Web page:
dc.description.abstract<table><tr><td colspan="2" class="item-title">Osteoporosis Knowledge, Health Beliefs, and Osteoporosis Prevention Behaviors between Men and Women in Higher Age Risk Groups</td></tr><tr class="item-sponsor"><td class="label">Conference Sponsor:</td><td class="value">Midwest Nursing Research Society</td></tr><tr class="item-year"><td class="label">Conference Year:</td><td class="value">2002</td></tr><tr class="item-author"><td class="label">Author:</td><td class="value">Doheny, Margaret, PhD</td></tr><tr class="item-institute"><td class="label">P.I. Institution Name:</td><td class="value">Kent State University</td></tr><tr class="item-author-title"><td class="label">Title:</td><td class="value">Professor</td></tr><tr class="item-address"><td class="label">Contact Address:</td><td class="value">College of Nursing, PO Box 5190, Kent, OH, 44242-0001, USA</td></tr><tr class="item-phone"><td class="label">Contact Telephone:</td><td class="value">330.672.3686</td></tr><tr class="item-email"><td class="label">Email:</td><td class="value">pdoheny@kent.edu</td></tr><tr><td colspan="2" class="item-abstract">Osteoporosis is a debilitating loss of bone mass affecting women and men. Approximately 28 million people in the United States suffer from osteoporosis or low bone density and annually, 90% of more than 250,000 hip fractures are due to osteoporosis. The purpose of this study was to compare osteoporosis knowledge, health beliefs, and osteoporosis prevention behaviors in men 65 to 75 years of age and in women ages 55 to 65. The Health Belief Model and Self-Efficacy Theory provided the theoretical framework for the study. The research questions were 1) Is there a difference in knowledge of osteoporosis between men and women in higher age risk groups for osteoporosis? 2) Is there a difference in health beliefs variables between men and women in higher age risk groups for osteoporosis? 3) Is there a difference in osteoporosis preventing behaviors reported by men and women in higher age risk groups for osteoporosis? Using a descriptive methodology a community based convenience sample of 80 men and 86 women were recruited and asked to complete a questionnaire comprised of the Osteoporosis Knowledge Test (OKT), Osteoporosis Health Belief Scale (OHBS), Osteoporosis Self Efficacy Scale (OSES) (Kim, Horan, &amp; Gendler, 1991), and the Osteoporosis Preventing Behaviors Survey (OPBS) (Doheny &amp; Sedlak, 1995). Outcomes of the study revealed men had lower knowledge of osteoporosis than women, women scored significantly higher in health motivation (p&lt;.01). An interesting finding was that men had higher dietary calcium intake than women and women had higher calcium supplement intake but calcium intake did not differ significantly and did not meet daily minimum requirements for calcium intake for both groups. These outcomes may assist health care providers in the development of more effective interventions to increase osteoporosis preventing behaviors in men and women.</td></tr></table>en_GB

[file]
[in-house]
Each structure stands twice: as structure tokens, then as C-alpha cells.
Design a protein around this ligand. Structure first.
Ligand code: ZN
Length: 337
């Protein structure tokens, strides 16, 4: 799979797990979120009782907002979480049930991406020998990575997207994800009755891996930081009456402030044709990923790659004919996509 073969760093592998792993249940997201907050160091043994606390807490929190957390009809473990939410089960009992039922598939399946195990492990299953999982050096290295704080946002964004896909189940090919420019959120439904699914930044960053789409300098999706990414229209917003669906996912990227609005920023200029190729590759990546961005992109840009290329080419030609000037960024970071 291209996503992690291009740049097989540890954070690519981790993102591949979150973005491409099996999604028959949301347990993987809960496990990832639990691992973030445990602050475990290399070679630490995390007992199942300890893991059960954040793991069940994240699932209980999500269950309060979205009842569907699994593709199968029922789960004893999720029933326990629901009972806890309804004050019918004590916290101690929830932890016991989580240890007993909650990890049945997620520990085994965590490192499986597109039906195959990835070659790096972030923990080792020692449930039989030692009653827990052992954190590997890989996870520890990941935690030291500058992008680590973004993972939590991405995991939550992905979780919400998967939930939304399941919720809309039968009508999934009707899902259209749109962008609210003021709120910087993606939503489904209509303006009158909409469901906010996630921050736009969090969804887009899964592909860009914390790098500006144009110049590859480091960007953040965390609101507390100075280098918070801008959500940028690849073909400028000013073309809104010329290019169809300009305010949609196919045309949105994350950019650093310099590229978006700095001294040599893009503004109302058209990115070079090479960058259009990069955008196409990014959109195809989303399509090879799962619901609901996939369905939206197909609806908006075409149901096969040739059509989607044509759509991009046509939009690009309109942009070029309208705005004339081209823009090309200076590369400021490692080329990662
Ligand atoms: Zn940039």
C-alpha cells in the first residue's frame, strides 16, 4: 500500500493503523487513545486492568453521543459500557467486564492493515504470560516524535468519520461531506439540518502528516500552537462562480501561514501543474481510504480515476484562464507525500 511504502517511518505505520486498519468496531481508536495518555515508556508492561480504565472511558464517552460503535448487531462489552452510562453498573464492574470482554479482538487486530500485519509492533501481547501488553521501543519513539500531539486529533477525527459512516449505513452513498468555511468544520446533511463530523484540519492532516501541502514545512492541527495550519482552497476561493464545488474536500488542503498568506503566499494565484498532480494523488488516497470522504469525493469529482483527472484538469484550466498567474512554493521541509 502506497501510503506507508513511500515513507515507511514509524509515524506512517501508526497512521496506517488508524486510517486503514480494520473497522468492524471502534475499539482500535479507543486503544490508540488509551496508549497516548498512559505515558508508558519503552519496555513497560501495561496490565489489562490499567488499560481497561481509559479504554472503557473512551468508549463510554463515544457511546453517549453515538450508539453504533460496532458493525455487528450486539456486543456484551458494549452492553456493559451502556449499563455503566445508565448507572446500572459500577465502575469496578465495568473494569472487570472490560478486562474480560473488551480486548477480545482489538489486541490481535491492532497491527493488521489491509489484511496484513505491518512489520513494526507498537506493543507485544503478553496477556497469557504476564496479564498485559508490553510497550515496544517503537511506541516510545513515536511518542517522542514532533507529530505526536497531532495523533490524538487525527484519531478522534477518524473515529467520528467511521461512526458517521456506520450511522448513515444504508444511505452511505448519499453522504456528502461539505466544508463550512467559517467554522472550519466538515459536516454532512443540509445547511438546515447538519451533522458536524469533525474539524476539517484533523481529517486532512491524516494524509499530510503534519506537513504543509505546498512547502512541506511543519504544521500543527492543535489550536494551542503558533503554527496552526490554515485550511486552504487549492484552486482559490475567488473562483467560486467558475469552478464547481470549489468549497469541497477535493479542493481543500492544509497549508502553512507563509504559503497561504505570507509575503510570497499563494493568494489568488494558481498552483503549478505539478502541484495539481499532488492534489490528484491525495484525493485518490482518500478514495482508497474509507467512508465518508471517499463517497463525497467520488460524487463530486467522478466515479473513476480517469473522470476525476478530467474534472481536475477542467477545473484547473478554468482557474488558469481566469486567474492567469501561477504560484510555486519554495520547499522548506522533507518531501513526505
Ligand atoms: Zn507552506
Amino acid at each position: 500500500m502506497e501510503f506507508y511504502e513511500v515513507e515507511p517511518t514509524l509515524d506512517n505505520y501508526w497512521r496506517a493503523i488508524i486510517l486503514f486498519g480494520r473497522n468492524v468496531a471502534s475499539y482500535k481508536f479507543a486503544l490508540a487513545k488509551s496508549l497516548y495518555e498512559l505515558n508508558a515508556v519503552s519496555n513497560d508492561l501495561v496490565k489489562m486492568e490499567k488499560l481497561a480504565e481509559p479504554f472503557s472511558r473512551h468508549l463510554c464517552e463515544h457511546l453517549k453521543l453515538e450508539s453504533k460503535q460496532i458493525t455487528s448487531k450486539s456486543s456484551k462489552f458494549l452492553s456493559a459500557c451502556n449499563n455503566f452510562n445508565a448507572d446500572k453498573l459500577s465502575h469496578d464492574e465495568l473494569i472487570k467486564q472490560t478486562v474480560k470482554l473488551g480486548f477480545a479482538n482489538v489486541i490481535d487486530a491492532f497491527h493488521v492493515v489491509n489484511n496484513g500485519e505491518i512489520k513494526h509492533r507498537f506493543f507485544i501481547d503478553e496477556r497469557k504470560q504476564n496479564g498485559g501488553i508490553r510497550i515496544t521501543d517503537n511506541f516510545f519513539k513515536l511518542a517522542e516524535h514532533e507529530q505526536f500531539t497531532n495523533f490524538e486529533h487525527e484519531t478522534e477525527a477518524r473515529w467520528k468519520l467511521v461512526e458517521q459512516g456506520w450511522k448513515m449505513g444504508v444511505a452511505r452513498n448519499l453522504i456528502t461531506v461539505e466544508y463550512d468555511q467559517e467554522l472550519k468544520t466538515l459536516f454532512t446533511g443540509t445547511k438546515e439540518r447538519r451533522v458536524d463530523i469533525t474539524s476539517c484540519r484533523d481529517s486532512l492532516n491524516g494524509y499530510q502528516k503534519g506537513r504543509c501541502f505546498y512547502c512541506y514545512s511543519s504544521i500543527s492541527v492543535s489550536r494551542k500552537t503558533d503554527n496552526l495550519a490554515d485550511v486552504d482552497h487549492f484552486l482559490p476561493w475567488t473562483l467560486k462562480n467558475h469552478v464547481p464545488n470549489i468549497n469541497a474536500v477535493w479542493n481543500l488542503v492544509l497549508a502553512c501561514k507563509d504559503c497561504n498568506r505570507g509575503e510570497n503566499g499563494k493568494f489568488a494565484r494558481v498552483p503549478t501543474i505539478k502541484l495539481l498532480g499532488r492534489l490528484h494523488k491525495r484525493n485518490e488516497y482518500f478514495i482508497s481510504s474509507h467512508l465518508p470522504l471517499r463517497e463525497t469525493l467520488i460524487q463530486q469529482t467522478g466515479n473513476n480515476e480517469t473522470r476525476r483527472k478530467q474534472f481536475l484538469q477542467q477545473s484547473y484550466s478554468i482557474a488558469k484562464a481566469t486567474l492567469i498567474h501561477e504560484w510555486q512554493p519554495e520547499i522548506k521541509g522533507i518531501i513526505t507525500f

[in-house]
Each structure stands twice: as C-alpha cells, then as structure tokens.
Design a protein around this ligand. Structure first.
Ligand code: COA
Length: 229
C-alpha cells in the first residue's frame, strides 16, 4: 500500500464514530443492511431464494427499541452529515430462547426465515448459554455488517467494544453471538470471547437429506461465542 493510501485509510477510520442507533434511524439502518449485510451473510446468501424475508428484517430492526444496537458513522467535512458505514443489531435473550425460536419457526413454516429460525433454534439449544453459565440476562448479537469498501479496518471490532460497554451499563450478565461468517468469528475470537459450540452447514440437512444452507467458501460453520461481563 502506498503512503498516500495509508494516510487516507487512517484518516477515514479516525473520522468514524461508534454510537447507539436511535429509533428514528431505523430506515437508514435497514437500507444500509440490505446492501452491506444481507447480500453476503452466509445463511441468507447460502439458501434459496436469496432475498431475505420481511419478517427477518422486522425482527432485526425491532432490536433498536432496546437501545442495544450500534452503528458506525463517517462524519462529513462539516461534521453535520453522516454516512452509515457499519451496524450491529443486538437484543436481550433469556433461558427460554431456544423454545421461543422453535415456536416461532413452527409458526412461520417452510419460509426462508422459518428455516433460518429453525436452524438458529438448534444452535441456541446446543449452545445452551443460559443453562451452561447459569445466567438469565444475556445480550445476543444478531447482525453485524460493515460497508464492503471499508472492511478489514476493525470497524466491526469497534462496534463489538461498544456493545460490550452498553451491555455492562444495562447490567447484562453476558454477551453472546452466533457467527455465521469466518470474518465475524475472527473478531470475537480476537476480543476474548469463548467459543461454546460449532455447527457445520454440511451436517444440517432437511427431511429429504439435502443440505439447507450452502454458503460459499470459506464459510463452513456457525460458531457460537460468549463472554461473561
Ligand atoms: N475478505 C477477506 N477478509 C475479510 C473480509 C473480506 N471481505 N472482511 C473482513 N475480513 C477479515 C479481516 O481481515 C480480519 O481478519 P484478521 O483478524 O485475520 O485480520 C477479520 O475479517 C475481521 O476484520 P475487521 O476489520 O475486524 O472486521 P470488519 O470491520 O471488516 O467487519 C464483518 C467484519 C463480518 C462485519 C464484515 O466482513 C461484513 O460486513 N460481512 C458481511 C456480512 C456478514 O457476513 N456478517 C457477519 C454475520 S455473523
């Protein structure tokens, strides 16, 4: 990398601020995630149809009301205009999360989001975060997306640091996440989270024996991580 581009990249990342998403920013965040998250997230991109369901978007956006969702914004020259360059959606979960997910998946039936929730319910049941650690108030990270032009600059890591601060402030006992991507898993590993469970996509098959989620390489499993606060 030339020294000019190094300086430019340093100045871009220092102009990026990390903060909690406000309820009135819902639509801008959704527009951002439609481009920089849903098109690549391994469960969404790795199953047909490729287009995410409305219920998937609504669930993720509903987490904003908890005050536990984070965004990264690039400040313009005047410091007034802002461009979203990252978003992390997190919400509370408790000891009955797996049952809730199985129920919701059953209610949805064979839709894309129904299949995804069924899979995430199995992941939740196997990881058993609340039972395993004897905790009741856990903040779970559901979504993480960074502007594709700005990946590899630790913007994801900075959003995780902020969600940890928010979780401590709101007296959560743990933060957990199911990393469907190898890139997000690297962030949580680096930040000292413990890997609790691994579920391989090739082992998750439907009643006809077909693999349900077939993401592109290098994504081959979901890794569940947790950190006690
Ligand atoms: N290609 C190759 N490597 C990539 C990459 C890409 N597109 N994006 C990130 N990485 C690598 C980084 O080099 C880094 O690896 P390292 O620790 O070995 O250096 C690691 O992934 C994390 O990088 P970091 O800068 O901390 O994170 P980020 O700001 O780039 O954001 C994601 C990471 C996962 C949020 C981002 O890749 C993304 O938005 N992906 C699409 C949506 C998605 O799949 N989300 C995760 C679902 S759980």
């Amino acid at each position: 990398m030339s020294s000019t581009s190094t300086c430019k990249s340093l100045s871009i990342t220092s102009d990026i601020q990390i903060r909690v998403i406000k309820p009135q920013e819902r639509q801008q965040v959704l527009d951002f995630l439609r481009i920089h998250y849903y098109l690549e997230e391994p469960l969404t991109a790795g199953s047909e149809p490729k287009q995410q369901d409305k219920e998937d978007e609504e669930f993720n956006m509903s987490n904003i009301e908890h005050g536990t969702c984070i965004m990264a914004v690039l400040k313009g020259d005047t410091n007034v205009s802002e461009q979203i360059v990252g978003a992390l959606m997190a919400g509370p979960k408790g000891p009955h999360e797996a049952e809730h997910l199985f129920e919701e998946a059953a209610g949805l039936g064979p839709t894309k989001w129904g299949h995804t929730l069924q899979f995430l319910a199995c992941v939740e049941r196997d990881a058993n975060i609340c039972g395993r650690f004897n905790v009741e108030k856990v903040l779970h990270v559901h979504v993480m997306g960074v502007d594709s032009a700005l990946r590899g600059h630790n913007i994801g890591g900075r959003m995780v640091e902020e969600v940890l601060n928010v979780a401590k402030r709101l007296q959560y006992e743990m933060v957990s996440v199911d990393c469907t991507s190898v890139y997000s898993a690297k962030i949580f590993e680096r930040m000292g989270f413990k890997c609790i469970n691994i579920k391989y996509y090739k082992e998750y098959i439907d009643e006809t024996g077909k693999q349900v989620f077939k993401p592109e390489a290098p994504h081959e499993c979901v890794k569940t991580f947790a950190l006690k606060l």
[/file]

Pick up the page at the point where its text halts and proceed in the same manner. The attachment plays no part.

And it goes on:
dc.date.available2011-10-26T21:25:28Z-
dc.date.issued2011-10-17en_GB
dc.date.accessioned2011-10-26T21:25:28Z-
dc.description.sponsorshipMidwest Nursing Research Societyen_GB